Tenth seed Novak Djokovic was tested by home favourite Steve Johnson in his Western & Southern Open first-rounder on Monday evening. But the 30-time ATP World Tour Masters 1000 titlist, after failing to convert his first eight match points in the second set, eventually advanced 6-4, 7-6(4) to start his Cincinnati campaign.
“I thought I had patches of the match where I played pretty good,” said Djokovic. “I thought that I should have closed it [out] earlier, but credit to him for fighting, fighting back, playing some good points when he needed to, [with] big serves. Overall, I’m glad that I managed to close it out in straight sets, because it was becoming quite a battle, two hours, two sets.”
Djokovic rebounded well from his third-round loss at last week’s Rogers Cup to Greece’s #NextGenATP star Stefanos Tsitsipas, the eventual finalist. The Serbian broke in the 10th game in the opening set and then rode that momentum to jump to a 3-0 lead in the second set against Johnson.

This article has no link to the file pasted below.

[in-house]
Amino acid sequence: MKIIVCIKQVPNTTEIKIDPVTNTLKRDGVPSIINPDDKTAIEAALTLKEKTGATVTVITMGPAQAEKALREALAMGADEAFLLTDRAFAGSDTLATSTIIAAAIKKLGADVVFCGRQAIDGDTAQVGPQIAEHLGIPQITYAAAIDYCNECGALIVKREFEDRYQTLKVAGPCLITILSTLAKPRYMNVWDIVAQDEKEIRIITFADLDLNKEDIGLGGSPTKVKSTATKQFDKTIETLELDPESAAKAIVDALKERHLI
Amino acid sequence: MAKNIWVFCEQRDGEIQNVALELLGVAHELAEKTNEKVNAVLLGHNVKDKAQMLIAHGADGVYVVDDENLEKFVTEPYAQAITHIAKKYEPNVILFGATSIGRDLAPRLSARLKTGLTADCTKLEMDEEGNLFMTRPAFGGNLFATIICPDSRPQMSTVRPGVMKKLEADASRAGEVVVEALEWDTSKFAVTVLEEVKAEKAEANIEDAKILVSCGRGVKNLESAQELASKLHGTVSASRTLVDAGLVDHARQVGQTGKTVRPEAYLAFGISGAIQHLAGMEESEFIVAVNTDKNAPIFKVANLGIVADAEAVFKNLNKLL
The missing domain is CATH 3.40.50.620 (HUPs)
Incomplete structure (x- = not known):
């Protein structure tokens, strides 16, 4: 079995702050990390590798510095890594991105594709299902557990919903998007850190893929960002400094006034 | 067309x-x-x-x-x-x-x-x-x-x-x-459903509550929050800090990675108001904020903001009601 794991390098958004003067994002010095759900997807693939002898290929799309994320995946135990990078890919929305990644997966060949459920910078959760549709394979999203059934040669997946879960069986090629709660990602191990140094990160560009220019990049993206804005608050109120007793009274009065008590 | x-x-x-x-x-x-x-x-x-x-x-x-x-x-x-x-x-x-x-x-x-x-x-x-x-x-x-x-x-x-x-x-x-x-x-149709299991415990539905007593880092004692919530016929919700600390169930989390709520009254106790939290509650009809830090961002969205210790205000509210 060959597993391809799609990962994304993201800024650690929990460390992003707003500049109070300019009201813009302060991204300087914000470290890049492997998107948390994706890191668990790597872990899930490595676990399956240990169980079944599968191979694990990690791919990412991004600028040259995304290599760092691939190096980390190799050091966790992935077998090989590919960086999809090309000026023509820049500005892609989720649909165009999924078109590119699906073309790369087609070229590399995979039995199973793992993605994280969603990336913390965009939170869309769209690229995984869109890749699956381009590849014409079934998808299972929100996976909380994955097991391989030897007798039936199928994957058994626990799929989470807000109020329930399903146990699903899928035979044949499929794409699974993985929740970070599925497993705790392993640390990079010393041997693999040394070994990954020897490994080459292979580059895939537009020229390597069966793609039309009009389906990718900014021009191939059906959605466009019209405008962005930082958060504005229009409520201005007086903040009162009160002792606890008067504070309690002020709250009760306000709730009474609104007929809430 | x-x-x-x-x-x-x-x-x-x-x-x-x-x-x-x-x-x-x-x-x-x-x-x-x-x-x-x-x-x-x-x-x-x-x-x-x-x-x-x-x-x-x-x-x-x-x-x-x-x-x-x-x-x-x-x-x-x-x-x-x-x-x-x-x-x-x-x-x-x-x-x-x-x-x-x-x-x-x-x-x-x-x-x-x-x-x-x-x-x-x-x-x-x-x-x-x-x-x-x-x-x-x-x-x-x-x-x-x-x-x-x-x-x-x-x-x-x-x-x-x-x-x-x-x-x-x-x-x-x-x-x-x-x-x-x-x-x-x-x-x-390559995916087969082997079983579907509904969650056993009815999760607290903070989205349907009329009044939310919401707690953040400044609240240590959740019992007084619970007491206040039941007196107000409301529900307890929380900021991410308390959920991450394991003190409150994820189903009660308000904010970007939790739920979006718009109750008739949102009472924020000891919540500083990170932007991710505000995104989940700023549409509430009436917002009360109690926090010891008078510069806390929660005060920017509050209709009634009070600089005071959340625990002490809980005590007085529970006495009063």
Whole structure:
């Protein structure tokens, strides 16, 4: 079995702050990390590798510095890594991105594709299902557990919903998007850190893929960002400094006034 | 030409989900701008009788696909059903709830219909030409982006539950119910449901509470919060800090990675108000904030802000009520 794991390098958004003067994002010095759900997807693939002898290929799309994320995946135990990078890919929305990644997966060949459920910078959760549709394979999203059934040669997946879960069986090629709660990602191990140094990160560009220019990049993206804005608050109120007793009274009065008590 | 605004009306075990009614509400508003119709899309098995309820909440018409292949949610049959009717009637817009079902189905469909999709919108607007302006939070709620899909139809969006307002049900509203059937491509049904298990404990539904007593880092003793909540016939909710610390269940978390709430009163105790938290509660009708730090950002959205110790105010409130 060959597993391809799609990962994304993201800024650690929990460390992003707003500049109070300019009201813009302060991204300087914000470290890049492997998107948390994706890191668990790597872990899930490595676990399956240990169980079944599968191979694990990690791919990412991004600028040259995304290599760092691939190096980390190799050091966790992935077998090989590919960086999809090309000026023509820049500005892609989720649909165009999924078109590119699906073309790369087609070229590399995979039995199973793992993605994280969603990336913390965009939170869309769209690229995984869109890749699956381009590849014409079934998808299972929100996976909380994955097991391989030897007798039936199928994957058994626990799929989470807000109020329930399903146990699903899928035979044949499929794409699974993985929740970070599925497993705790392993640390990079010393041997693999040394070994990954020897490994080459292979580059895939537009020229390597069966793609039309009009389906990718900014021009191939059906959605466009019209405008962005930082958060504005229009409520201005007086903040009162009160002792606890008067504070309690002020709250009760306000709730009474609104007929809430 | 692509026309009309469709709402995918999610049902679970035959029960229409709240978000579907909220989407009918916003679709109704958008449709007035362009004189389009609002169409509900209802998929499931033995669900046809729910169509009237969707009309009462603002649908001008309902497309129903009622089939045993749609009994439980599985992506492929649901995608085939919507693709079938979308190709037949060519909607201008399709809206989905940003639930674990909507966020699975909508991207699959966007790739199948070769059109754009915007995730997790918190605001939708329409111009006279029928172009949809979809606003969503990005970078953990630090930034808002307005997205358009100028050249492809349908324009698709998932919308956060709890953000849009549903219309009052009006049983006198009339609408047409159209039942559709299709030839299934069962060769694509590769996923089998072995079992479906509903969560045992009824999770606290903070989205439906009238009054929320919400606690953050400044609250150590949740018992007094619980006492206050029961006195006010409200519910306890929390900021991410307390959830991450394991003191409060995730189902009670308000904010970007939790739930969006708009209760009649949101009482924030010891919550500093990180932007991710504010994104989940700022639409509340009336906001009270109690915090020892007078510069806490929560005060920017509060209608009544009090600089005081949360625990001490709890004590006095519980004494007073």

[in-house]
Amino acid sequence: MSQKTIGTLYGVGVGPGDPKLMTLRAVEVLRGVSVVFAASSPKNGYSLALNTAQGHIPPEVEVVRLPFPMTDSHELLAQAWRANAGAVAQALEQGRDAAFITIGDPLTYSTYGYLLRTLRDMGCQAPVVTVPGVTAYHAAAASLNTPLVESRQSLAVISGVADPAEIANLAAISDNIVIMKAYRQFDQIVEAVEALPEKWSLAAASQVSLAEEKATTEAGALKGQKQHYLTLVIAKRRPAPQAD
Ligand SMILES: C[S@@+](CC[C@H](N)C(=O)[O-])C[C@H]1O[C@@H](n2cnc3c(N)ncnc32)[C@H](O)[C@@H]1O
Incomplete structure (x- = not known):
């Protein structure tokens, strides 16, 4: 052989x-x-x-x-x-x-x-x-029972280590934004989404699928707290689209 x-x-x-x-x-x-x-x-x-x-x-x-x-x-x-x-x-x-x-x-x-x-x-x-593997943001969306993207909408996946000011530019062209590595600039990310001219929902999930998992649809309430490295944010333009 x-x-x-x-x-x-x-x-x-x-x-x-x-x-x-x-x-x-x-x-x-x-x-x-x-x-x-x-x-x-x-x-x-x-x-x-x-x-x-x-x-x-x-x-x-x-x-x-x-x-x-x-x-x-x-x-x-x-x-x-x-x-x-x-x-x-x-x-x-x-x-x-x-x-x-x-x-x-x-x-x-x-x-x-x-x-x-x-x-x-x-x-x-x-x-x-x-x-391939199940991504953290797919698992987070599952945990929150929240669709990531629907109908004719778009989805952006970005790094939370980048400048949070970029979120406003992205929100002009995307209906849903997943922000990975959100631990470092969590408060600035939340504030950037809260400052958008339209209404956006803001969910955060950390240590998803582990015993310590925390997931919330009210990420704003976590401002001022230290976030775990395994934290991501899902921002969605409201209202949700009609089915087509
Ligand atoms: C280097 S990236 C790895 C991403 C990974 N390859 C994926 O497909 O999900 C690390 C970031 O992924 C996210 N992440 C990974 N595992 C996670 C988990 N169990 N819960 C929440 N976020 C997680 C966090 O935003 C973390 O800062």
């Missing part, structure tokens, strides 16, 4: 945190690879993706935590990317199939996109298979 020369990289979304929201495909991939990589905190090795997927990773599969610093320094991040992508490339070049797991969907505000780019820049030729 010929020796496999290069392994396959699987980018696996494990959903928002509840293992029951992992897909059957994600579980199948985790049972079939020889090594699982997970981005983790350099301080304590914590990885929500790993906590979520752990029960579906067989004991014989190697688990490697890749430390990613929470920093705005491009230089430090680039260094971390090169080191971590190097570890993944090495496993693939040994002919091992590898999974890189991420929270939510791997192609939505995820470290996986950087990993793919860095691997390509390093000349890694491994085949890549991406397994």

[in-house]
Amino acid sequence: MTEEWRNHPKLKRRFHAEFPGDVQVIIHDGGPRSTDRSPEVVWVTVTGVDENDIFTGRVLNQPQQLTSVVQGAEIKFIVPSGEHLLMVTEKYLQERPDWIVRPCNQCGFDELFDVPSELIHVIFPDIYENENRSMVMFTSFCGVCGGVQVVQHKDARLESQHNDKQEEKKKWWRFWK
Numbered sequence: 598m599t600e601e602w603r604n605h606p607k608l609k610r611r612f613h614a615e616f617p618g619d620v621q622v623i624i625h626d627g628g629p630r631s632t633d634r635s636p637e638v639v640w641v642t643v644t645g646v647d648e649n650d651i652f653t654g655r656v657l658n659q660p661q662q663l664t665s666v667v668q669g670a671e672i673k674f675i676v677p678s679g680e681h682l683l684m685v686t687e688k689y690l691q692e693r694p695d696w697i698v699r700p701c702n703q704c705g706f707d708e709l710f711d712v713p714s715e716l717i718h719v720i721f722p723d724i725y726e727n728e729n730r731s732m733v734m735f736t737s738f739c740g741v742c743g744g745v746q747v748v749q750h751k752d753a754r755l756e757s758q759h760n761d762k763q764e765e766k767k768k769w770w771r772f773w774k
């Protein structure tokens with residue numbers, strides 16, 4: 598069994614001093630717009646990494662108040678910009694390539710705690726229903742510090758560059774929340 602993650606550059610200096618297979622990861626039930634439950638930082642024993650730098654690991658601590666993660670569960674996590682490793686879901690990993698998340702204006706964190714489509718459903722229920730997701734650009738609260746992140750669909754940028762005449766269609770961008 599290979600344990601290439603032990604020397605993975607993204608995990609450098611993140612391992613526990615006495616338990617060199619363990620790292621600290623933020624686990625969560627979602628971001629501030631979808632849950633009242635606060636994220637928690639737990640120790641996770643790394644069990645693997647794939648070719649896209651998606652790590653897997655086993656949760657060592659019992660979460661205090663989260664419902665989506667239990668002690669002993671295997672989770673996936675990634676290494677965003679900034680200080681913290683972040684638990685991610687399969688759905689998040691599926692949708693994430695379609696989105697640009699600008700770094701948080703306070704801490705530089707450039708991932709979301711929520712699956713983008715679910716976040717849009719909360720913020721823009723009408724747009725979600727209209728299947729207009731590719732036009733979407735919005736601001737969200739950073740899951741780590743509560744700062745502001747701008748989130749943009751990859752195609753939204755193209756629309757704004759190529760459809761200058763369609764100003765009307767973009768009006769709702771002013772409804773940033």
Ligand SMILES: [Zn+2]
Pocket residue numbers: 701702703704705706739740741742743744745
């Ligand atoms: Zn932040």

You May Also Like: Vintage ‘Stan The Man’ Ousts 12th Seed Schwartzman
But the American raised his level, winning the next four games, including two breaks of serve. Johnson brought one of the break points with a down-the-line forehand that he hit from his shoestrings. He then broke in the fifth game with a run-around forehand return that Djokovic tried to retrieve but lost his racquet in the process.
Finally, the 10th-seeded Djokovic, after coming up short on five match points in the ninth game of the second set, hit a crosscourt forehand winner on his ninth match point.